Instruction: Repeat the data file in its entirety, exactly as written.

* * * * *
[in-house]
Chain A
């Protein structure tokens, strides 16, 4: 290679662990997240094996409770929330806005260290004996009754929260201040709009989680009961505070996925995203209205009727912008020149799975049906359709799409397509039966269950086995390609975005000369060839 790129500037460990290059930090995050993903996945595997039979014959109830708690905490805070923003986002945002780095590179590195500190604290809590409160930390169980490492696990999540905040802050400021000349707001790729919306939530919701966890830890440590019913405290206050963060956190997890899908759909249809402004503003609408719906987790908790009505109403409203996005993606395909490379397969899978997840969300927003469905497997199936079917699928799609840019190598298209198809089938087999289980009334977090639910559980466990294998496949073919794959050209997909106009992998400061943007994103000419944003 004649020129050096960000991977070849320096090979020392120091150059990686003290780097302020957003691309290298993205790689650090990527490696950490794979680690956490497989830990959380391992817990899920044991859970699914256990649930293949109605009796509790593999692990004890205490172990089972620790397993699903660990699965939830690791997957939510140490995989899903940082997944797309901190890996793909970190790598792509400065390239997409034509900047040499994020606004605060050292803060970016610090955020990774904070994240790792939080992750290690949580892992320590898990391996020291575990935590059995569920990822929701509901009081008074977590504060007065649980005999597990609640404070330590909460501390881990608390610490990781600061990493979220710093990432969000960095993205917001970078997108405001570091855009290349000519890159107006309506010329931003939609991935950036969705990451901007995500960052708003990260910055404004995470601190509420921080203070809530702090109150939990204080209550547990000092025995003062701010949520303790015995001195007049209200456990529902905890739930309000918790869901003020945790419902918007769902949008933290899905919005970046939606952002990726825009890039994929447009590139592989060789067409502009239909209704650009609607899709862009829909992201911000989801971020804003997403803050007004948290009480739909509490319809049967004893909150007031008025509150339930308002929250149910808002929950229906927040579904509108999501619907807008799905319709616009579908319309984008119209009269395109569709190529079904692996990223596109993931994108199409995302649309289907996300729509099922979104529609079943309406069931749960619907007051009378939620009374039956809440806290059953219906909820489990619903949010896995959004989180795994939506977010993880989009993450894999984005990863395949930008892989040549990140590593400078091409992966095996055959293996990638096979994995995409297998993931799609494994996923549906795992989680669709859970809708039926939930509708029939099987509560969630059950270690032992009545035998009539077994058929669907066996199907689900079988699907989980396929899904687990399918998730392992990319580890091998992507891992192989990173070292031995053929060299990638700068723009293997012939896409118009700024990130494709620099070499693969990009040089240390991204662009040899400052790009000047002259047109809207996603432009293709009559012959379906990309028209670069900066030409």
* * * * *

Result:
[in-house]
Chain A
């Protein structure tokens, strides 16, 4: 290679662990997240094996409770929330806005260290004996009754929260201040709009989680009961505070996925995203209205009727912008020149799975049906359709799409397509039966269950086995390609975005000369060839 790129500037460990290059930090995050993903996945595997039979014959109830708690905490805070923003986002945002780095590179590195500190604290809590409160930390169980490492696990999540905040802050400021000349707001790729919306939530919701966890830890440590019913405290206050963060956190997890899908759909249809402004503003609408719906987790908790009505109403409203996005993606395909490379397969899978997840969300927003469905497997199936079917699928799609840019190598298209198809089938087999289980009334977090639910559980466990294998496949073919794959050209997909106009992998400061943007994103000419944003 004649020129050096960000991977070849320096090979020392120091150059990686003290780097302020957003691309290298993205790689650090990527490696950490794979680690956490497989830990959380391992817990899920044991859970699914256990649930293949109605009796509790593999692990004890205490172990089972620790397993699903660990699965939830690791997957939510140490995989899903940082997944797309901190890996793909970190790598792509400065390239997409034509900047040499994020606004605060050292803060970016610090955020990774904070994240790792939080992750290690949580892992320590898990391996020291575990935590059995569920990822929701509901009081008074977590504060007065649980005999597990609640404070330590909460501390881990608390610490990781600061990493979220710093990432969000960095993205917001970078997108405001570091855009290349000519890159107006309506010329931003939609991935950036969705990451901007995500960052708003990260910055404004995470601190509420921080203070809530702090109150939990204080209550547990000092025995003062701010949520303790015995001195007049209200456990529902905890739930309000918790869901003020945790419902918007769902949008933290899905919005970046939606952002990726825009890039994929447009590139592989060789067409502009239909209704650009609607899709862009829909992201911000989801971020804003997403803050007004948290009480739909509490319809049967004893909150007031008025509150339930308002929250149910808002929950229906927040579904509108999501619907807008799905319709616009579908319309984008119209009269395109569709190529079904692996990223596109993931994108199409995302649309289907996300729509099922979104529609079943309406069931749960619907007051009378939620009374039956809440806290059953219906909820489990619903949010896995959004989180795994939506977010993880989009993450894999984005990863395949930008892989040549990140590593400078091409992966095996055959293996990638096979994995995409297998993931799609494994996923549906795992989680669709859970809708039926939930509708029939099987509560969630059950270690032992009545035998009539077994058929669907066996199907689900079988699907989980396929899904687990399918998730392992990319580890091998992507891992192989990173070292031995053929060299990638700068723009293997012939896409118009700024990130494709620099070499693969990009040089240390991204662009040899400052790009000047002259047109809207996603432009293709009559012959379906990309028209670069900066030409």